My first visit for the academic year 2010-11 reconnects with the same bunch of students I taught earlier this year in March and May. On the first day the students, now in their third year (which also designates the third year of the graphic department of the ESAV) will continue to develop their skills and knowledge of Arabic script and typography by means of a series of exercises. This time around I conceived a number of tasks to train their dexterity and accuracy, in both, looking and drawing. The realisation that reading the script does not imply a profound knowledge of letter-forms surprises students time and again.
Day one aims at questioning the students’ assumptions about letter-shapes and earlier knowledge about the Arabic script. They are asked to complete a number of partly-hidden letters through free-hand drawing. The example letters are classic Naskh letters, using DecoType’s Tasmeem Naskh typeface. Through the process of copying/tracing/drawing, the students learn to appreciate the difficulty of proper contours, proportions and the relative positioning of letters.
Day two and things turn more complicated: how do you fuse individual letter-shapes? What are the alignments and how do individual letter shapes differ in context? Most students are surprised when realising that they didn’t quite know how to draw a letter, or indeed how the contextual shapes differ. While there is a fair bit of resistance, suffering and sighs, eventually most get somewhere, have moments of epiphany, and consequently satisfaction.
Day three: the students start to put their letters into context, choosing words and revising the individual shapes according to this application. More and more personal interpretation is introduced and the model is gradually less visible in the drawings. Questions of spacing and alignment turn more tangible for the students and coherence and rhythm are introduced as concepts. Later on, drawings get scanned and prepared for the next step, digitisation as vector graphics.
Day four starts with a scolding that reminds the students that work-ethic is not really compatible with constant YouTube video consumption and a gentle reminder that self-motivation and auto-critique are essential features for a successful designer. Some students must really think it is not their day as the realisation that the computer doesn’t help to hide a poor drawing kicks in. “Oh had I only made a greater effort with my paper drawing, the vector graphic doesn’t make it look any nicer” must have been on the mind of many a student this morning. Eventually some come to grips with the Bezier curves and a few nicely drawn letters make it into the classroom. Personal interpretations go further and wilder, in the best cases with some rather convincing results.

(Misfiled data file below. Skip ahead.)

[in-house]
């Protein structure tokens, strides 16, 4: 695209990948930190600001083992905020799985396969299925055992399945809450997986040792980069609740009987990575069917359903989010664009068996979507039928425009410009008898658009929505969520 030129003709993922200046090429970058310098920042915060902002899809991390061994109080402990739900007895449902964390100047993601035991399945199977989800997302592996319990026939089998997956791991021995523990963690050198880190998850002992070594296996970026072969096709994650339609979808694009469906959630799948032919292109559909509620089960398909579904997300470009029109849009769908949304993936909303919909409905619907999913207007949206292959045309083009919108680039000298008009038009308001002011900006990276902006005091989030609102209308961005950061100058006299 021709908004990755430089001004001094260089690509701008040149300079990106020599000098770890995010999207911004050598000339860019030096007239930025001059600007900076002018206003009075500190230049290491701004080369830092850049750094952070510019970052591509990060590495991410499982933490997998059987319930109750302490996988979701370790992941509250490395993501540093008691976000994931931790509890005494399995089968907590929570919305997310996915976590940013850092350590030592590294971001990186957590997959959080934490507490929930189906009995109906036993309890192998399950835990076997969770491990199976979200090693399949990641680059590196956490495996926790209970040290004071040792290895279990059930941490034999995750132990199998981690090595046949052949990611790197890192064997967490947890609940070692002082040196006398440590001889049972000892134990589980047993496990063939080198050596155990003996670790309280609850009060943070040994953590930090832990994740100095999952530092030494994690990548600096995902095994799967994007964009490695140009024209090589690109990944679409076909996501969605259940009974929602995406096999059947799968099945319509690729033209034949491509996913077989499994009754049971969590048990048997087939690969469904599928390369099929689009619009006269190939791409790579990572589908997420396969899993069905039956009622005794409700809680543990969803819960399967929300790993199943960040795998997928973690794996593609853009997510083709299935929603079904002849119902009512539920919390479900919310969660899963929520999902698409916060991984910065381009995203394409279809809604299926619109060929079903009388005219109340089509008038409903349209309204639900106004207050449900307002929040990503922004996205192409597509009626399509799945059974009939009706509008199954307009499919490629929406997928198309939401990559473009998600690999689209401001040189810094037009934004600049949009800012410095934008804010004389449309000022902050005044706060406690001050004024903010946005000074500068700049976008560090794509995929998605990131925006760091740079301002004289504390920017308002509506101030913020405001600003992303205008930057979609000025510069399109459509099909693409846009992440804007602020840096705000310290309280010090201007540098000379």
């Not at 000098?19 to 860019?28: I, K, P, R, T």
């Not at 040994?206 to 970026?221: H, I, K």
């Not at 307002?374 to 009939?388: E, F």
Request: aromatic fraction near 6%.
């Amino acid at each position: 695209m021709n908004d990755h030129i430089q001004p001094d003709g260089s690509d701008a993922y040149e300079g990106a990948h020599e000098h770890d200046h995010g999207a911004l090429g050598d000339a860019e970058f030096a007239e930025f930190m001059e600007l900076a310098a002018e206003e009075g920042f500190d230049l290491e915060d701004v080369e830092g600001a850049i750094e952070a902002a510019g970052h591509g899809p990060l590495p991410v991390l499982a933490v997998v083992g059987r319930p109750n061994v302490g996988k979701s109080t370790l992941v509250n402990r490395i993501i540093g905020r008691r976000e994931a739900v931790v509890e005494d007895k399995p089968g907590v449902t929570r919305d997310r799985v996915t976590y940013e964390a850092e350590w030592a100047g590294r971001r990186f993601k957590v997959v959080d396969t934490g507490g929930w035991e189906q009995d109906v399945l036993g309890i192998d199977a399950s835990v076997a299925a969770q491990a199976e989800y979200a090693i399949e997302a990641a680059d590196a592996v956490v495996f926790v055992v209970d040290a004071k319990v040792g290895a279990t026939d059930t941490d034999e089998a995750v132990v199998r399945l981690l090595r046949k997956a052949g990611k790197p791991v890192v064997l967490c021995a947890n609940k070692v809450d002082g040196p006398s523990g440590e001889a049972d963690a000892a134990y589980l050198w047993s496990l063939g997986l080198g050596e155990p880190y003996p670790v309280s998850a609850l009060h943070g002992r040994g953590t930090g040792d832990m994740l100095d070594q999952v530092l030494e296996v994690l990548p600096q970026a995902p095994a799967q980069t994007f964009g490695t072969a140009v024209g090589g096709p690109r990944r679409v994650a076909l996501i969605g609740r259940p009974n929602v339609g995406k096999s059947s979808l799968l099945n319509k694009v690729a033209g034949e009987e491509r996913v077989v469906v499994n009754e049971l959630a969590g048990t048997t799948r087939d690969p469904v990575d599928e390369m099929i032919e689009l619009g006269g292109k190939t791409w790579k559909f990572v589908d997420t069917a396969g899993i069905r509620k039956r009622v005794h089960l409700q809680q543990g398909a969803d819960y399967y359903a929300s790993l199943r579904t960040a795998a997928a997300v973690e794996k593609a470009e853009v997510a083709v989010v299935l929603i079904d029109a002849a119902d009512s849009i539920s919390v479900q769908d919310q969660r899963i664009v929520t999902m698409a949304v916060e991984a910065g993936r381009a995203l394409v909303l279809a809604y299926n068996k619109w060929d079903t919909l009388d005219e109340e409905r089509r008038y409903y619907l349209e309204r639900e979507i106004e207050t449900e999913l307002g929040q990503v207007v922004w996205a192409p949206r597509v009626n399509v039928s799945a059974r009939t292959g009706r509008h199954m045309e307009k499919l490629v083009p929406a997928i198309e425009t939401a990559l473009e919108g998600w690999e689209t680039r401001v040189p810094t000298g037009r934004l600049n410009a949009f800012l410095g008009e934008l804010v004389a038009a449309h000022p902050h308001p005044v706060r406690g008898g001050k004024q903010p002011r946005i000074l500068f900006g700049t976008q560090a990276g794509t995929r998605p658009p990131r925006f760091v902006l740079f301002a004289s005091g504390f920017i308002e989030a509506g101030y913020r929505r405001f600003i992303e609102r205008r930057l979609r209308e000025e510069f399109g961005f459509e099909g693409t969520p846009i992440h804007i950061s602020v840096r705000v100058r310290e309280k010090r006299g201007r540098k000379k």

Day five and the work-ethics seems to prevail – or is it rather stress, anticipating the end of the course and grades looming? Either way, the students busily implement their drawings in final pieces with the aim of conveying the design process pursued. The class is split in “media design” and “graphic design” branches and accordingly letters are presented in static and moving images, according to students’ preferences.
Prologue: Although the students franticaly tried to finish in time, soon it became clear that only a handful would make it before the end of the course. The time lost during the first three days became graphically visible and I decided to give them extra time, rather than finishing with largely unsatisfying results. I hope the students will manage to motivate themselves, to be self-critical and eventually elevate their skills to a higher level of quality without external guidance and pressure.
Post Scriptum: As I left Morocco a little episode of applied type design sweetened the airport boredom. When the border guard checked the number stamped into my passport during my first visit, he clearly had a hard time deciphering the figures. The modern-face numbers hadn’t fully survived the stamping process and the official wasn’t quite sure what to note down. After a little back and forth, he was satisfied to have read the right figures, noted them in his paper, and used his ballpoint pen to correct the stamp in my passport.
I of course interpreted this as a first proof that the work at the ESAV lifted the typographic awareness of the whole country (and note the date when I left Morocco in May!).